Gas price crisis: Nicola Sturgeon and Boris Johnson are failing to help those facing a choice between heating and eating – Susan Dalgety

We are all facing a long, hard winter. Energy prices, never cheap at the best of times, are soaring.

Monday, 27th September 2021, 4:55 am
Boris Johnson should drop the £20-a-week cut to Universal Credit to help people cope with rising gas prices (Picture: Julian Simmonds/WPA pool/Getty Images)

The latest predictions suggest that gas and electric bills could rise by as much as 14 per cent next April, on top of an expected increase of £139 a year from next month when the energy cap is adjusted.

As the nights draw in, many households across Lothian will be faced with a stark choice – food or heat. And it’s not just pensioners on fixed incomes who will be struggling to keep warm. Families will find it tough too.

It is estimated that in Scotland there are 613,000 people in fuel poverty, but I suggest there are hundreds of thousands more who will find it hard to pay their electric or gas bill this winter. Senior politicians have no idea what it means to choose between turning the heating up in the living room or buying a chicken for Sunday dinner.

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Boris Johnson and Nicola Sturgeon earn around six times the median wage in Scotland, which is £25,600. Neither of them will feel sick when their monthly direct debit rises again, or despair when their prepayment card runs out of credit a week before pay day.

Nicola won’t have to resort to the tealights-under-two-flowerpots trick to keep the Bute House drawing room warm. And Boris won’t need to insulate his Downing Street windows with recycled bubble wrap to keep out the cold.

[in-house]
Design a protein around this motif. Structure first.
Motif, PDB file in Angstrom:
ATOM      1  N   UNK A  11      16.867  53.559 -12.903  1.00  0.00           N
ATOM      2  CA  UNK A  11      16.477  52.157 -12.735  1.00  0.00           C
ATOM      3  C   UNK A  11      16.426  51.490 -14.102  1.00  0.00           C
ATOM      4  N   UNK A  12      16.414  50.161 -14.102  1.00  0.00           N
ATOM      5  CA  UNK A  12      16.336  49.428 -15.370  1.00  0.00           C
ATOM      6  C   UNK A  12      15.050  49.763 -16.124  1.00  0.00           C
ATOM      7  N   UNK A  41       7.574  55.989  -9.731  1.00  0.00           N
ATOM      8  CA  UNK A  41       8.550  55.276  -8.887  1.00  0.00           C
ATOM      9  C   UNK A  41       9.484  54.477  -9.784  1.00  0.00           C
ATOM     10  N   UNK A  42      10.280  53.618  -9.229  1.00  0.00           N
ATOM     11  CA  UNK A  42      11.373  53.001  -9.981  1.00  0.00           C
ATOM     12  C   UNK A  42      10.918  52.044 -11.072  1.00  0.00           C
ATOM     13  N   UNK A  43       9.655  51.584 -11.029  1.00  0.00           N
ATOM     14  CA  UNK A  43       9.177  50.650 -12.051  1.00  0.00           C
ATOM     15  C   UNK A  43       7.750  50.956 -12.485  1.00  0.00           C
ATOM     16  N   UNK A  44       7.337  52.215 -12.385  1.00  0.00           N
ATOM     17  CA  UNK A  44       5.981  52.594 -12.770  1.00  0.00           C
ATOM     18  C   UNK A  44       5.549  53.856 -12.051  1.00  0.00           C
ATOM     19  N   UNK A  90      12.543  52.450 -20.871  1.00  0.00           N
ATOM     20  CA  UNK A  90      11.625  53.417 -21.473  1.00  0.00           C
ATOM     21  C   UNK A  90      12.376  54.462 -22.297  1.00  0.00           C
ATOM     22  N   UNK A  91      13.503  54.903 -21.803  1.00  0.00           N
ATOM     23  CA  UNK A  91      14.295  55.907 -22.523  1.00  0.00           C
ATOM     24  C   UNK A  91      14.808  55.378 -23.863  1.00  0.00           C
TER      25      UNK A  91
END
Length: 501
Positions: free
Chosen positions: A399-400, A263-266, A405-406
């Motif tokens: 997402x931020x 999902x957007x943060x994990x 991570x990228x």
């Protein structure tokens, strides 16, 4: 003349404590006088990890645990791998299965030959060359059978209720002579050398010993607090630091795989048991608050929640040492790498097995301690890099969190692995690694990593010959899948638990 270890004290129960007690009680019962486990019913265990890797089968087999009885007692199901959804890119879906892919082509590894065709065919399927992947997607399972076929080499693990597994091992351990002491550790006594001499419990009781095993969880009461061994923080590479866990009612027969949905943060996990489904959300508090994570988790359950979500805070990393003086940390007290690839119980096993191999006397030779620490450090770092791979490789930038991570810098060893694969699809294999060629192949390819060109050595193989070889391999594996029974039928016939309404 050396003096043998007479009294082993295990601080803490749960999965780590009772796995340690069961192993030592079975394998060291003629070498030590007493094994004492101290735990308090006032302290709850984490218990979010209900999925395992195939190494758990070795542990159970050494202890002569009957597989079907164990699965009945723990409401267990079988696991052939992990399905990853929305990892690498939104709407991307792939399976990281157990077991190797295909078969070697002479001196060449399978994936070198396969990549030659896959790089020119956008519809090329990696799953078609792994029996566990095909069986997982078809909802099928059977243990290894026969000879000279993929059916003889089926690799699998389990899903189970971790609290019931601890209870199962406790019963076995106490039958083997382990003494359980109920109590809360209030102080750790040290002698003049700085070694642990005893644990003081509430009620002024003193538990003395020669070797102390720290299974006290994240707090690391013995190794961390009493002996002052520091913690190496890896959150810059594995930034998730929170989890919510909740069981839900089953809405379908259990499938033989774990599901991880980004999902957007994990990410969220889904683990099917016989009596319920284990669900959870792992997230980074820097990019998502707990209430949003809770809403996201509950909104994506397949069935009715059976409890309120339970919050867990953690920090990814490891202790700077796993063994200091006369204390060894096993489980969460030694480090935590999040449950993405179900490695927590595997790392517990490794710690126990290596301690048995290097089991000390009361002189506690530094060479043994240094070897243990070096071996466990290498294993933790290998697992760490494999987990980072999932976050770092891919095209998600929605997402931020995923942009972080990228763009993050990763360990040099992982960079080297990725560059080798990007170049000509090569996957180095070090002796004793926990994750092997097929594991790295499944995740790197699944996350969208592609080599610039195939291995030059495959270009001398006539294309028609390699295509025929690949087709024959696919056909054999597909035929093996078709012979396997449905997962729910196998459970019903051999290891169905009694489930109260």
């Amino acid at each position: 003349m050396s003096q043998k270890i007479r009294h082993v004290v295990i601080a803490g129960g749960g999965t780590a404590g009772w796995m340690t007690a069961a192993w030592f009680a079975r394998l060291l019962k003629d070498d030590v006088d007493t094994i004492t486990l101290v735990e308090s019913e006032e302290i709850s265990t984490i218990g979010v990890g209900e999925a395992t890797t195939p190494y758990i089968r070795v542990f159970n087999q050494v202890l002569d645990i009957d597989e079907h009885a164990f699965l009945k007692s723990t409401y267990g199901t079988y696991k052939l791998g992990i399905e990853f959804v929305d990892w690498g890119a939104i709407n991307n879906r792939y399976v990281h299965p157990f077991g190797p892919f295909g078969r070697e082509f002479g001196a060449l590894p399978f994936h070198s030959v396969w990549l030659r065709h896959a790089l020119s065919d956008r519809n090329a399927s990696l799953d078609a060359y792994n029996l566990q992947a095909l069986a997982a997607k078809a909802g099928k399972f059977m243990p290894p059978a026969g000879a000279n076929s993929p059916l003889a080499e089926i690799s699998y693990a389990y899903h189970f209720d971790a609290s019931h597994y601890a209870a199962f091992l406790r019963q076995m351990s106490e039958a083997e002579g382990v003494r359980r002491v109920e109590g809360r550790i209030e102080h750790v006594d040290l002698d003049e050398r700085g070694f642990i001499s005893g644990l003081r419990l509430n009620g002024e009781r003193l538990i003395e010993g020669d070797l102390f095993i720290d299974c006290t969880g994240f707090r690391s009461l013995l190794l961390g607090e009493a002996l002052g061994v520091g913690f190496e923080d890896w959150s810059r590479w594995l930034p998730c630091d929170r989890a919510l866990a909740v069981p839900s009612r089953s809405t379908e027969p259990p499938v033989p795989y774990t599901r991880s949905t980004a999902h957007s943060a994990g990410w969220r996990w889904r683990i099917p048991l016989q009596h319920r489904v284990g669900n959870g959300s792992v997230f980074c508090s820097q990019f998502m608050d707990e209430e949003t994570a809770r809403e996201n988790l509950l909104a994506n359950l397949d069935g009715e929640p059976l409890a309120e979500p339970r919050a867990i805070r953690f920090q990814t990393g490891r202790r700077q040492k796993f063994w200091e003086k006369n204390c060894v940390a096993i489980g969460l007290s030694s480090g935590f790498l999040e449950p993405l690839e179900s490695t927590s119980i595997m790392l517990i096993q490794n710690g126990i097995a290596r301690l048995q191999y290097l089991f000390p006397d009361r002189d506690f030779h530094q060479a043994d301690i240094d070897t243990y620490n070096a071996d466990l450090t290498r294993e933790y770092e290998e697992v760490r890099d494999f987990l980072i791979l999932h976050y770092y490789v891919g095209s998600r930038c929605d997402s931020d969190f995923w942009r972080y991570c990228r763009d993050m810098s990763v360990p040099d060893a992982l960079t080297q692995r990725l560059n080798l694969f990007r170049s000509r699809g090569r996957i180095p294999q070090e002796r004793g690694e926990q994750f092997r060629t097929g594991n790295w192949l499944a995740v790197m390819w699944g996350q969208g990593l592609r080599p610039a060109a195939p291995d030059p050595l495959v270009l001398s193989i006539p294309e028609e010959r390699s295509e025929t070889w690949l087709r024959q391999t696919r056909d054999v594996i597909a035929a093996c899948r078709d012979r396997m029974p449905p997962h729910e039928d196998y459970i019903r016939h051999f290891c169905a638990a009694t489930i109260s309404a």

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Or course, it’s not Boris’s fault there is barely enough wind to power Britain’s network of turbines; nor has Nicola created the high demand for liquified gas in Asia. But they could do far more than their current rather muted response to the crisis.

Boris should immediately stop the cut to Universal Credit which will see Britain’s poorest households lose £20 a week, just as their energy bills start to rise. His government could also force energy suppliers to stop penalising people who use prepayment cards. Their energy cap, at £1,309, is higher than the standard rate of £1,277.

As for the First Minister, she should revisit her broken promise to set up a public energy company. Her decision to ditch plans for a national service and replace it with an “advisory” body shows an astonishing lack of ambition.

As the world gathers in Glasgow in a few weeks’ time for Cop26, Nicola Sturgeon and her Scottish Green allies have the chance to show real leadership by unveiling plans for a national energy service, one powered by renewable energy.

Scotland, with its abundance of natural resources, relatively small population and world-leading energy experts, could have shown the rest of the UK – and the world – how good governments should respond to the energy crisis.

As Sturgeon promised in 2017, a national power company could sell energy “as close to cost price as possible”. We may never know why the First Minister’s ambitions shrivelled to a toothless quango, but it does suggest that her government’s stated ambition of being net zero by 2045 is an empty slogan.

As the temperatures drop and energy prices rise, people need more than warm words, they need action.

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